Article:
How and which form you file depends on many complex factors, one of which is how your organization expands and forms new chapters.

Let’s look at some of the ways nonprofit chapters form.

You’re a Unified Corporation

If you’re considered a unified, single entity, you retain full control over your various chapters. However, you also bear full liability for their actions.

This may very well be the right model for your nonprofit, but it comes with the additional risk.

If you’ve decided to avoid the chance of litigation against your parent corporation’s assets, and don’t wish to operate as a single legal entity, chances are you fall into one of the following categories.

Your Chapters Are Separate, but Subsidiary Organizations

You likely retain control over voting, membership, and managing the executive board, but each chapter is considered a separate entity according to tax law, and maintains its own internal structure, banking and financial records, and must file a separate 990 to retain tax-exempt status.

Your Chapters are Subsidiary, Single-Member LLCs

Your parent nonprofit is the sole member of each chapter LLC. While each chapter is considered a separate entity under the law, the IRS doesn’t require them to apply for tax-exempt status, and tax filing can be handled through the parent corporation.

You can also adapt the level of control each chapter has under the parent nonprofit according to the structure and needs of your organization.

Your Chapters Are Wholly Independent

You retain some control of chapters through a charter and license agreement, but each chapter elects its own directors, who become legally responsible for the chapter’s local activities. If you choose to file for a group exemption, listing chapters as subordinate organizations, these chapters can avoid the process of applying for tax-exempt status.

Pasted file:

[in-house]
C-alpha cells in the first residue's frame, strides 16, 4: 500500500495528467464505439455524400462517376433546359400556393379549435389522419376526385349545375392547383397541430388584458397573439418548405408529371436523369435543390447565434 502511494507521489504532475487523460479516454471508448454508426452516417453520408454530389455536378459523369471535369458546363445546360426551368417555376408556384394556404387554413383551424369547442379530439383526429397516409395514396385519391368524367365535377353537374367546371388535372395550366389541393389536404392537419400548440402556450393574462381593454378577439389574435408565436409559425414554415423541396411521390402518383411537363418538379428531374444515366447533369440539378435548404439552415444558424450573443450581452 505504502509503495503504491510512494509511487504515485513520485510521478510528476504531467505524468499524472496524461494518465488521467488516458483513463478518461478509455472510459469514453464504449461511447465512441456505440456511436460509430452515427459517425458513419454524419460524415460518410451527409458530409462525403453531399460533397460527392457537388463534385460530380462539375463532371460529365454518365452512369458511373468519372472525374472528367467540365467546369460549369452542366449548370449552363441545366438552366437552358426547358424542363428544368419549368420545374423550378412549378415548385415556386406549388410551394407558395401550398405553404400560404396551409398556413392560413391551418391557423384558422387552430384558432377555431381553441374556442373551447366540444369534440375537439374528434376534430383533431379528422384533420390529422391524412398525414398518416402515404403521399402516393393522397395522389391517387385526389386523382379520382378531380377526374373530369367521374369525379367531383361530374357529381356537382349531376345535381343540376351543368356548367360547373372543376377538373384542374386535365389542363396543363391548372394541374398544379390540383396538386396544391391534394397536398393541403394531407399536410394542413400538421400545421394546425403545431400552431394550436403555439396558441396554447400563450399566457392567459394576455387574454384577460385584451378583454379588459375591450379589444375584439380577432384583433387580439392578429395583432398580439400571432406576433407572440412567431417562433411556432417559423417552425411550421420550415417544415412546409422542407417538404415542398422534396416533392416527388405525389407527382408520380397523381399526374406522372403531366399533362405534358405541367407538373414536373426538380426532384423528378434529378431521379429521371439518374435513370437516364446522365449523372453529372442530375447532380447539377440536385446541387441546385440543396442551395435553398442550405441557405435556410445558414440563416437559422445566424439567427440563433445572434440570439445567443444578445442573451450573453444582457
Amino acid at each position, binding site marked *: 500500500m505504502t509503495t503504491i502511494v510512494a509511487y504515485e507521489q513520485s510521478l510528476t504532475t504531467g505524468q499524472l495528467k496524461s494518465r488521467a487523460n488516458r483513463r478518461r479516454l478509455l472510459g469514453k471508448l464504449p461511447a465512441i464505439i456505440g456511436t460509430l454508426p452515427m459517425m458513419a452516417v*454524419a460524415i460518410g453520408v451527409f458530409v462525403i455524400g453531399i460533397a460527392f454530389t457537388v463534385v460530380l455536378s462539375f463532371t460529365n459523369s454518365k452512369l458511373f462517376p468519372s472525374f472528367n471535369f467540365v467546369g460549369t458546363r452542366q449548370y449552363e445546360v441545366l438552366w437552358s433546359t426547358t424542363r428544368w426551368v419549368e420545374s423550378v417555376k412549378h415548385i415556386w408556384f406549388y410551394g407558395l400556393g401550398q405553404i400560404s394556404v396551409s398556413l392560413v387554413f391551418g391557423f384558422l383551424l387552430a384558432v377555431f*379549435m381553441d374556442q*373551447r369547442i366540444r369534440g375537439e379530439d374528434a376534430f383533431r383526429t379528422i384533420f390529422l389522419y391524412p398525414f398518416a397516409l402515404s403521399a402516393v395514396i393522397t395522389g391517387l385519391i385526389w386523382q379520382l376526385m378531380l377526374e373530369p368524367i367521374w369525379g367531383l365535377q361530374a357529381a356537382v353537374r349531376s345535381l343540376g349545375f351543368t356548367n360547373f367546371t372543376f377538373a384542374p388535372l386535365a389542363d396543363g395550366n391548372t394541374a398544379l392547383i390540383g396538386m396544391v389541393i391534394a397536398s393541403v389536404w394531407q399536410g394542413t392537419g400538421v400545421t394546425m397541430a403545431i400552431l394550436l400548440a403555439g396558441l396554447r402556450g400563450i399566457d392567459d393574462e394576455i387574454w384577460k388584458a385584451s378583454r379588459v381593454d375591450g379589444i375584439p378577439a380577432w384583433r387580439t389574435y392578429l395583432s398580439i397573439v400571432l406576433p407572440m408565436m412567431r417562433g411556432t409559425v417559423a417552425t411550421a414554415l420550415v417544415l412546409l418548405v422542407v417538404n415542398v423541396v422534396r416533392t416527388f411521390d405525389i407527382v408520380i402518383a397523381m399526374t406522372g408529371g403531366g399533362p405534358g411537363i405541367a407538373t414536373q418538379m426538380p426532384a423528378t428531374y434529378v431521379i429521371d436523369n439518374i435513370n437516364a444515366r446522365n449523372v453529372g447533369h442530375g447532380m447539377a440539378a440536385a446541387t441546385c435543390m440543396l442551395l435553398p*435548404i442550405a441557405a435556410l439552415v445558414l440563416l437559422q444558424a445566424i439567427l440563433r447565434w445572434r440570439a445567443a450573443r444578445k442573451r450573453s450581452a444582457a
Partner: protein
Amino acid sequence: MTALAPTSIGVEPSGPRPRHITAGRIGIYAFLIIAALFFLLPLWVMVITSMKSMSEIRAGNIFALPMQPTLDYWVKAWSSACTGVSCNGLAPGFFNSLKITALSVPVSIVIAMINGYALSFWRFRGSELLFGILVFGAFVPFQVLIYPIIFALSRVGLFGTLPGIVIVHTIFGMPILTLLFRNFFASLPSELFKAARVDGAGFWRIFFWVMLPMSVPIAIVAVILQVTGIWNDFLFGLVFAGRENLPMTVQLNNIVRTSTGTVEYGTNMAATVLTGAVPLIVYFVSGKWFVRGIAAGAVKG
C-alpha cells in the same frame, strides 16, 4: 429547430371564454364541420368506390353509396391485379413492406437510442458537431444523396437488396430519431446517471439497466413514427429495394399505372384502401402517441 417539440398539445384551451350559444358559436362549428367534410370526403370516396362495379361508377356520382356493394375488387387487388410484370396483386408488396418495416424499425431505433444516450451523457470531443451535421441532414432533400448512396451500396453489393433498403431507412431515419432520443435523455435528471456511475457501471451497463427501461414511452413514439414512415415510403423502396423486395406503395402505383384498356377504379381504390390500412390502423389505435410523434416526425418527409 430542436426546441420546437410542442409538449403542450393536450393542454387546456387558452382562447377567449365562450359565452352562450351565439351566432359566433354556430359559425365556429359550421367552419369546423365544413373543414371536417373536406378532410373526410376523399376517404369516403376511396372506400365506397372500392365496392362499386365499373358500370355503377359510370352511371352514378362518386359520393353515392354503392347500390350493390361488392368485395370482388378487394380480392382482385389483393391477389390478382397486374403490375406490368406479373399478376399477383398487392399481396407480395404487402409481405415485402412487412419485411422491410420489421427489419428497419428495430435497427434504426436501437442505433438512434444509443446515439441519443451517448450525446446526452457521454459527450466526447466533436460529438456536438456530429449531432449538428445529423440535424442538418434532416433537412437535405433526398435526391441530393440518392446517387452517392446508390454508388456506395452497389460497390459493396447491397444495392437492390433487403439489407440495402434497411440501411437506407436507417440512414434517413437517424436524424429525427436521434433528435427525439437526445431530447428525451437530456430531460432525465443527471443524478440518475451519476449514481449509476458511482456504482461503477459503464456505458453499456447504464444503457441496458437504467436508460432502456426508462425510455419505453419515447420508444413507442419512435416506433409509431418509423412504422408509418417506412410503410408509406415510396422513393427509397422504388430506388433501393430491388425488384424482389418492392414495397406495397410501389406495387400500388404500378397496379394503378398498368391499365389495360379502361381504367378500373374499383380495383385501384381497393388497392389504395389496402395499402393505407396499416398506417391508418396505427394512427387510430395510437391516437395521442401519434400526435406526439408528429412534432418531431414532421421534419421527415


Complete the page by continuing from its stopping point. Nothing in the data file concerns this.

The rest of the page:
While each chapter would file its own 990, the parent company would have to show the IRS that each chapter qualifies for group exemption, and must ensure they file correctly.

Tax Experts Have the Prescription for Your Filing Aches and Pains

When you’re suffering, doctors prescribe medicine to make you feel better. However, they can’t get you out of having to file with the IRS.

“The IRS looks at different types of nonprofit chapters differently. So should you.”

Yet the complexities of filing your 990 tax forms—whatever the size and structure of your nonprofit—can leave you feeling sick to your stomach, to say the least.

You’ve got a million things on your plate, and you’re handling new challenges every day.

In this case, tax experts like those of us here at File990 have the knowledge and experience to ease your worries and make your 990 filing one less worry.

If you’re filing a 990-N or 990-EZ, we’ve got your back. File990’s online filing system allows you to put the heavy lifting of tax filing on us. We’ll even track filing for multiple chapters or components and remind you when it’s time to file.

Our enterprise package helps nonprofits of all sizes track and manage multiple chapter filings. Check out all our 990 filing services here.